The Evolution of Russian: Empire
Have you ever wondered where Russian language came from? Have you ever looked at its strange, unfamiliar words and its strange, unfamiliar letters and thought, “why is Russian so weird?”. In this three part blog series we’ll be trying to answer exactly that question by looking at the origins of spoken Russian and its writing system and how they have both changed and been reformed over time.
In this, the second of our three part blog series, we’ll be looking at how modern Russian was born and how it replaced Church Slavonic as the main written language in Russia, as well as how the country’s most ambitious reformer, Peter the Great, left his mark on his people’s language.
Как древнерусский стал современным / How Russian Stopped Being Old
When our story ended last time we were in a period when the Slavic languages all sounded much alike. The eastern Slavs spoke in dialects of Old Russian; there was no concrete Russian language, nor Ukrainian, nor Belorussian. In fact, at this time the dialects spoken around Moscow and Kiev had more in common with each other than the Moscow dialect had with that spoken by people around Novgorod. The reason why this is still not the case is all to do with politics and state borders. Kiev was absorbed into the Grand Princedom of Lithuania in the middle of the 14th Century, whilst Novgorod and Moscow both became part of the Muscovite Grand Princedom. Over time as the Novgorodian and Moscovite languages interacted more and more with each other they fused to create a new dialect with features of both, the first truly Russian language.
During this process Russian lost many of the more complicated aspects it had inherited from Old Russian. In particular, the language went down from having two future tenses and a whole bunch of different past tenses to just one of each. Also, the ability to distinguish between singular, plural, and paired objects disappeared and Russian speakers were left only with the ability to differentiate between the singular and plural forms that we now all know so well. Over time Russian pronunciation changed too: in the 14th century unstressed “o” started sounding like “a”, and in the 17th century the old Russian letter “ѣ” (yat) began to be pronounced identically to “е”, a fact which would later lead to it being relegated from the Russian language entirely.
Письмо по-русски / Writing in Russian
In the 17th century Most Russians still wrote in Church Slavonic but that was beginning to change. Some authors start to use both Russian and church Slavonic together in texts. The ultimate defeat of Old Church Slavonic however, came at the hands of Russia’s first Emperor, Peter the Great.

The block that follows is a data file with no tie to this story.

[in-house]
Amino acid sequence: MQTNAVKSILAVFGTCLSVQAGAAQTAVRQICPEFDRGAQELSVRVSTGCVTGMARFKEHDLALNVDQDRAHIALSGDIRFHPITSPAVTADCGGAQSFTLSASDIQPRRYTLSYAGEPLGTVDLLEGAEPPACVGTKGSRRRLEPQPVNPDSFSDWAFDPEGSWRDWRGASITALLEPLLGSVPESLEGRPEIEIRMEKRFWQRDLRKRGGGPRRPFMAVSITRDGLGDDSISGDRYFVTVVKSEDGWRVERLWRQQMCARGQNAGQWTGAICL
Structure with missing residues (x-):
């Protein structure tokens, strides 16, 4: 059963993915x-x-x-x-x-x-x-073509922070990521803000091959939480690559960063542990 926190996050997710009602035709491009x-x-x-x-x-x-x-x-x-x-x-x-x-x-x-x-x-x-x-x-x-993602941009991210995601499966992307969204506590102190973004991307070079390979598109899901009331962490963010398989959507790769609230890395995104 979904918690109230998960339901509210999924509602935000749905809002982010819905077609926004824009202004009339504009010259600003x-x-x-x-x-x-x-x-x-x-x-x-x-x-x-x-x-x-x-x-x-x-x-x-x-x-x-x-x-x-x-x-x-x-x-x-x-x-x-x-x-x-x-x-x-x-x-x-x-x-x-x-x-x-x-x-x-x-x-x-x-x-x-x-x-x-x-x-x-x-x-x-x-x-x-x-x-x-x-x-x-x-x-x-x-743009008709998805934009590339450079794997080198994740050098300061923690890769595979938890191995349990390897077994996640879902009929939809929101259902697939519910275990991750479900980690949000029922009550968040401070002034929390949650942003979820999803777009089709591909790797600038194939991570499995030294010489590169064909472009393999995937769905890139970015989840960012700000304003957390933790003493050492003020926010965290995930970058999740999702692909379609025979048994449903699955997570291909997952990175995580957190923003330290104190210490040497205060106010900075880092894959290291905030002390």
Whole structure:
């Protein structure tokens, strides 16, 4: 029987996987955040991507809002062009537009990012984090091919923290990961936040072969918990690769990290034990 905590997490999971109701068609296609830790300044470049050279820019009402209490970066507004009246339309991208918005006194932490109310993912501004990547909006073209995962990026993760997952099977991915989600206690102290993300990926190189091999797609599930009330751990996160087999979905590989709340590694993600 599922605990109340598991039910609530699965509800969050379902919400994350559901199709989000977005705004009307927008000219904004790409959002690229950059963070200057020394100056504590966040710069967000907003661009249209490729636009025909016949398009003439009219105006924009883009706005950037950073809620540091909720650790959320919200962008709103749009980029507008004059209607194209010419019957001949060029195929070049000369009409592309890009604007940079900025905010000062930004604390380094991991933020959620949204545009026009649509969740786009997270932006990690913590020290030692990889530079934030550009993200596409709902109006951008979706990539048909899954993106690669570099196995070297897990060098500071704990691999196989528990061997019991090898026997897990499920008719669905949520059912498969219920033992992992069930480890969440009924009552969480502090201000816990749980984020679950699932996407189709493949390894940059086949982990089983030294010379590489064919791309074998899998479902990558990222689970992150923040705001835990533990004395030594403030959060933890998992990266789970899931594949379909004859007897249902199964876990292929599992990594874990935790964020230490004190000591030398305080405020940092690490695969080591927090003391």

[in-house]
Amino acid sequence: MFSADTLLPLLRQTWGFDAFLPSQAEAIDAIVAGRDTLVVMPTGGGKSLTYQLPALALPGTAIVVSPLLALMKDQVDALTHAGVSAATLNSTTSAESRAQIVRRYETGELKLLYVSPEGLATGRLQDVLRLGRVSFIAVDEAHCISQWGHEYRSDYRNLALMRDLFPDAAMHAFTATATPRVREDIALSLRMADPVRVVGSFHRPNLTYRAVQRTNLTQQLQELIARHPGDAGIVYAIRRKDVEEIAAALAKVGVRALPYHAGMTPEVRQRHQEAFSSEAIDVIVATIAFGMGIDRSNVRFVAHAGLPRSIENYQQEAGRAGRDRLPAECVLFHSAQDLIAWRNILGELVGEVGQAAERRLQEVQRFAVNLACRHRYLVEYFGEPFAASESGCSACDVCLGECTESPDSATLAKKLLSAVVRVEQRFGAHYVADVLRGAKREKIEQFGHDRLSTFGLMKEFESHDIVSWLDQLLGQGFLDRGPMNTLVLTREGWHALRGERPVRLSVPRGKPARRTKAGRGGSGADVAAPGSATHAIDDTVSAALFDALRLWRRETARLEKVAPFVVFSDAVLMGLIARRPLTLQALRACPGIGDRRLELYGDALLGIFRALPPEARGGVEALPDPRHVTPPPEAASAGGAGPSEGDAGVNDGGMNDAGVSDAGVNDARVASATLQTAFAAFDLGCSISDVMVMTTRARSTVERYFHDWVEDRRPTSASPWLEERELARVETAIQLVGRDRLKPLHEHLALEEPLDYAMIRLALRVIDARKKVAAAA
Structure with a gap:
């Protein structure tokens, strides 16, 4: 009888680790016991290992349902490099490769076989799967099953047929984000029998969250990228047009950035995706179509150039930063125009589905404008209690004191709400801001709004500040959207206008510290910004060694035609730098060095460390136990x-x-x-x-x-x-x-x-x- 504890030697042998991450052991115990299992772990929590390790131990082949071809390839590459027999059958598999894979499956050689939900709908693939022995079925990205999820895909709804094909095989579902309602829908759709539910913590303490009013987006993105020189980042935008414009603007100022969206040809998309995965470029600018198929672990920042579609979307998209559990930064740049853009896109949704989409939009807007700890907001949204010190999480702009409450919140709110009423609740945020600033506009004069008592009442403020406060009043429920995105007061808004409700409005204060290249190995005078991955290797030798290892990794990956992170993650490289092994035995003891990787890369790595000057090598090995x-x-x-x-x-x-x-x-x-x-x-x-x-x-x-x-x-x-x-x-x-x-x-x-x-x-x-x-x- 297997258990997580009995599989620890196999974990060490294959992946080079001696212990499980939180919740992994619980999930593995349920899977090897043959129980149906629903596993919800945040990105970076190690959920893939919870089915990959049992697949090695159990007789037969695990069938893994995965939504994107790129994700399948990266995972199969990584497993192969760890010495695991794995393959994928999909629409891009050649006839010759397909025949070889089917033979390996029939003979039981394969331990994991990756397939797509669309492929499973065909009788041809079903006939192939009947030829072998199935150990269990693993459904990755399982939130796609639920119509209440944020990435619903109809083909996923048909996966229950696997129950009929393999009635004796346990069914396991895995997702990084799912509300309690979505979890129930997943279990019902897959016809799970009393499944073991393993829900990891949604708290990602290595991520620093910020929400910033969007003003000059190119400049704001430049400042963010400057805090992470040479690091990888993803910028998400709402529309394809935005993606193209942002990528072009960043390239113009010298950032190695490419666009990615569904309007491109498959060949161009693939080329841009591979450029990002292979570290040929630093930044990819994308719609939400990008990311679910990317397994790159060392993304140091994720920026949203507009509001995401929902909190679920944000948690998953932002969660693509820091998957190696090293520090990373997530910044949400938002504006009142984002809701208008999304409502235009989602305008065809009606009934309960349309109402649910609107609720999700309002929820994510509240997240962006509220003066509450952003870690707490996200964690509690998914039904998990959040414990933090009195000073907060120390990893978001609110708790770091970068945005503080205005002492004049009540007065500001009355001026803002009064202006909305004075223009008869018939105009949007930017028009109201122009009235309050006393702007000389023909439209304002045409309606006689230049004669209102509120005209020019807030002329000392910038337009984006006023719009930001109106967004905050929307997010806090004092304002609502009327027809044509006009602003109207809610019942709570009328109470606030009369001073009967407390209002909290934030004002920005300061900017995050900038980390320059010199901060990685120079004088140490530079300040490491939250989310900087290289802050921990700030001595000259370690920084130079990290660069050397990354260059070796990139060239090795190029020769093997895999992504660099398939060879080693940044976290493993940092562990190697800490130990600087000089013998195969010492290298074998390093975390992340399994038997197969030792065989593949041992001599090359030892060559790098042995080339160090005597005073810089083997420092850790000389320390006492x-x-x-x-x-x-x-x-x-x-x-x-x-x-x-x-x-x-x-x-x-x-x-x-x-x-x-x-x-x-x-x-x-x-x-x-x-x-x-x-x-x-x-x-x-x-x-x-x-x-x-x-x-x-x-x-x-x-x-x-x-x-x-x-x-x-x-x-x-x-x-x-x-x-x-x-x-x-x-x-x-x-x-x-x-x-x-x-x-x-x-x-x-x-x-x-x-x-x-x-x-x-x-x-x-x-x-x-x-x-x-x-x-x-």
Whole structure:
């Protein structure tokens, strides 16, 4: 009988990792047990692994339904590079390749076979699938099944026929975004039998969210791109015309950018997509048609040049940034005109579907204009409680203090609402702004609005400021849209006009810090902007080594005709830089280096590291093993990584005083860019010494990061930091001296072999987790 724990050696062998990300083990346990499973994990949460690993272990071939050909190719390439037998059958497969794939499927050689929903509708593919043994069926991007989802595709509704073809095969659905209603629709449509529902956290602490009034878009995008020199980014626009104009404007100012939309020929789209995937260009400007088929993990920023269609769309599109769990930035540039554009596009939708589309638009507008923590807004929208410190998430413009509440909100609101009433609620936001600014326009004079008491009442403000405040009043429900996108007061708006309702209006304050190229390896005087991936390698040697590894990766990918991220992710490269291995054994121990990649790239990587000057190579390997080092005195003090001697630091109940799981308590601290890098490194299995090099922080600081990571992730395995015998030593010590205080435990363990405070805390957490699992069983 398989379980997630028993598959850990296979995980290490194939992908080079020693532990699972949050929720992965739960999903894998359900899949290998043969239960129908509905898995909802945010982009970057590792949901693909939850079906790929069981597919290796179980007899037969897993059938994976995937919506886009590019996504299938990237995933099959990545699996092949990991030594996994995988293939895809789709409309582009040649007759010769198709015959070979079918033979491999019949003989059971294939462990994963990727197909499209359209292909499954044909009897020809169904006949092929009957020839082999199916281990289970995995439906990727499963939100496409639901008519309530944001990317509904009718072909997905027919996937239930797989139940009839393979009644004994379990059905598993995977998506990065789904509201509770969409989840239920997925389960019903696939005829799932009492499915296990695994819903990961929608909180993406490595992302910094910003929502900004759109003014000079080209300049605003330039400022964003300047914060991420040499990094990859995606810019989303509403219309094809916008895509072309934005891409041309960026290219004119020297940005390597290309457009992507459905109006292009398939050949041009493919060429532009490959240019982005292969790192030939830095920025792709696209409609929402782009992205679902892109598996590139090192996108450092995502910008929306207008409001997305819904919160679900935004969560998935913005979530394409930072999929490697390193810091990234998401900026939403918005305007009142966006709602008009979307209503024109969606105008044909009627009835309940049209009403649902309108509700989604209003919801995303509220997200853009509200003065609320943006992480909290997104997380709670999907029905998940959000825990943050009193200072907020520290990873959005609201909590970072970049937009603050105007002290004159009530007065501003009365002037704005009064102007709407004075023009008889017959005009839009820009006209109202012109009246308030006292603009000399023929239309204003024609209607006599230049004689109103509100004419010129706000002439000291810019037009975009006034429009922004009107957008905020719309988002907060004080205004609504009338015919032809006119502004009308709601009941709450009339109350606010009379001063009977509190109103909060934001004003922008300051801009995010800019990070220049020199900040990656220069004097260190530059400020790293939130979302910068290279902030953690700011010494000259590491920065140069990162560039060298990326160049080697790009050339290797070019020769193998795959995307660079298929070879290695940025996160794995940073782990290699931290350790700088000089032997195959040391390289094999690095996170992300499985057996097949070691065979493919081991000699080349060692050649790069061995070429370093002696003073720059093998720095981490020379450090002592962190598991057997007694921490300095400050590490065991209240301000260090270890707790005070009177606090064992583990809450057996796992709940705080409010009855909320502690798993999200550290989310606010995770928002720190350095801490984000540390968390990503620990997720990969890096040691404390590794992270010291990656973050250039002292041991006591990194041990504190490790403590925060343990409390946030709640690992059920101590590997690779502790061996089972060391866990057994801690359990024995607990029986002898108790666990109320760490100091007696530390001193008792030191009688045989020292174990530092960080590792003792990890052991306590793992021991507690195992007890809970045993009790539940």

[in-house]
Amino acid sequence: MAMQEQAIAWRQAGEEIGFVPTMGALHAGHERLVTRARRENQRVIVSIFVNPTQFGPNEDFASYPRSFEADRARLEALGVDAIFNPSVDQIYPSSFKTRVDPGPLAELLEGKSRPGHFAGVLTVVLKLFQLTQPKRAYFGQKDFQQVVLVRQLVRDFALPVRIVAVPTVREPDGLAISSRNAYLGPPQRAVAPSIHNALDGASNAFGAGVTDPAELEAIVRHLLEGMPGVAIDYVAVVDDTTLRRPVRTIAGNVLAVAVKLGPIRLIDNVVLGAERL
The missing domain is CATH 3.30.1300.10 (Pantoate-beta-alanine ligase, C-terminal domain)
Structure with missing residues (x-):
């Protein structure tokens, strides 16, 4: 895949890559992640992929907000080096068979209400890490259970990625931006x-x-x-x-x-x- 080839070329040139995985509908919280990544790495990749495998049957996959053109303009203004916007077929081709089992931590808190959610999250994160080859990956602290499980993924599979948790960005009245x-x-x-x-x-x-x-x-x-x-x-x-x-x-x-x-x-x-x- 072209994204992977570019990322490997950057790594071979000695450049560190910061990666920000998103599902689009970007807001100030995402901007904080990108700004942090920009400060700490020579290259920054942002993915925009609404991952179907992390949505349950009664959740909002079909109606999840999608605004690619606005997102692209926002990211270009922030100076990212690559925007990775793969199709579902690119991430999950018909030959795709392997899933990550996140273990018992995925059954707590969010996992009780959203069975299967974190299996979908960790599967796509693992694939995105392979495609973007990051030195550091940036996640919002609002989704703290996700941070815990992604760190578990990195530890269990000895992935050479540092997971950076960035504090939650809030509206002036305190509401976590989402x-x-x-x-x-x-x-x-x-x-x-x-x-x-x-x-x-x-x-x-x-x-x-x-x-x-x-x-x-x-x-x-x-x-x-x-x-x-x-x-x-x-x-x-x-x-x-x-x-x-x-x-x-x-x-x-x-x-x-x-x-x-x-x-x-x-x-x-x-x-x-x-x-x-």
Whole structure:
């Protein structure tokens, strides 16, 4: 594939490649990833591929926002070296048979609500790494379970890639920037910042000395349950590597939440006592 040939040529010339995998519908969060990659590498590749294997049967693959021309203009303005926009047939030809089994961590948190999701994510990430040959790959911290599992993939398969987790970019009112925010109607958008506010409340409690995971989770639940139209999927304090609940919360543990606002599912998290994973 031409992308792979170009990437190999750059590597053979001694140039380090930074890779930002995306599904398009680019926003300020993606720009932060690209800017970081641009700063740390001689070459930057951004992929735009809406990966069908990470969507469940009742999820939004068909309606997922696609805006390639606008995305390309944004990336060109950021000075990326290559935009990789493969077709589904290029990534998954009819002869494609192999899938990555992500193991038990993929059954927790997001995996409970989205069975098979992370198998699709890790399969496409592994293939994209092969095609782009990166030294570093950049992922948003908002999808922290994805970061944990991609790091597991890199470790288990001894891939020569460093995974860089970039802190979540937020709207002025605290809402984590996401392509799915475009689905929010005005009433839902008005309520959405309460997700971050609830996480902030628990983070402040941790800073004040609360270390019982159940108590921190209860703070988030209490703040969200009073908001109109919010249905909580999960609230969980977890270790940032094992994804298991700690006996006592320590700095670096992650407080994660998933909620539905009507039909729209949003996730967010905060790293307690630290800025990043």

Peter was a reformer and more importantly a moderniser. He hated the way other Europeans viewed Russia as backwards and old fashioned. In his attempts to eradicate these stereotypes, Peter transformed the Muscovite Tsardom of his predecessors into the Russian Empire. This new, modern state, Peter reasoned, required a new, modern writing system. In his eyes Church Slavonic was old, tired and dusty, and long overdue replacement. As a result Peter created a new “civil script” for Russian, which would allow newspapers, official publications and proclamations, scientific papers, fictional literature and all other forms of texts to be published in Russian itself rather than church Slavonic. In the process of creating this new script Peter decided to simplify the alphabet, ridding it of all accented letters (except й, ё was added to the alphabet later) and many unnecessary letters like “Ѯ” and “Ѱ”. Most of these unnecessary letters were those that had been carried over from Glagolic script, which is why if you compare Glagolic script with the modern Russian alphabet now, you’d see very little in common between them.
Peter also introduced Arabic numerals and through his policy of hiring European experts to instruct Russian apprentices he began a process of mass importation of foreign words into Russian. Italian architects brought words relating to their craft like балкон (balcone/balcony) and купол (cupola/dome), as well as to their food, like макароны (maccheroni/macaroni). Dutch shipbuilders and sailors brought in nautical terms like киль (kiel/keel) and рейс (reis/voyage), as well as some others like апельсин (applesien/orange). One of Peter’s favourite languages however, was German, from which he borrowed a wide range of words including ярмарка (jahrmarkht/market), штраф (straft/fine), and the name of his new capital Санкт-Петербург (Saint Peter’s fortress town).
Despite the creation of Civil Script and the enrichment of Russian with numerous new words, written Russian remained stylistically separated from spoken Russian for a long time. Even within written Russian itself there were many stylistic differences which restricted the way that people could write depending on whether they were writing a scientific text, poetry, or a news article, for example. The ideal Russian which was perfect for use not only when writing newspaper articles, but also when composing poetry or even for recording everyday speech, was pioneered by Pushkin and was popularised further by other Russian writers, particularly Lermontov.
Besides a few changes to spelling and the addition of the letter “ё” in the 19th century, Peter’s reformed Russian remained intact right up until the 20th Century. New words were borrowed along the way, especially from French, and arguments erupted between those who greeted these additions warmly and those who sought to preserve Russian’s Slavic roots. Despite these disagreements the next revolution in Russian language came only after a revolution in Russian politics. To find out more about how the Bolshevik Revolution, 74 years of Soviet power, and the Union’s ultimate collapse impacted Russian make sure you check out the final post in this series.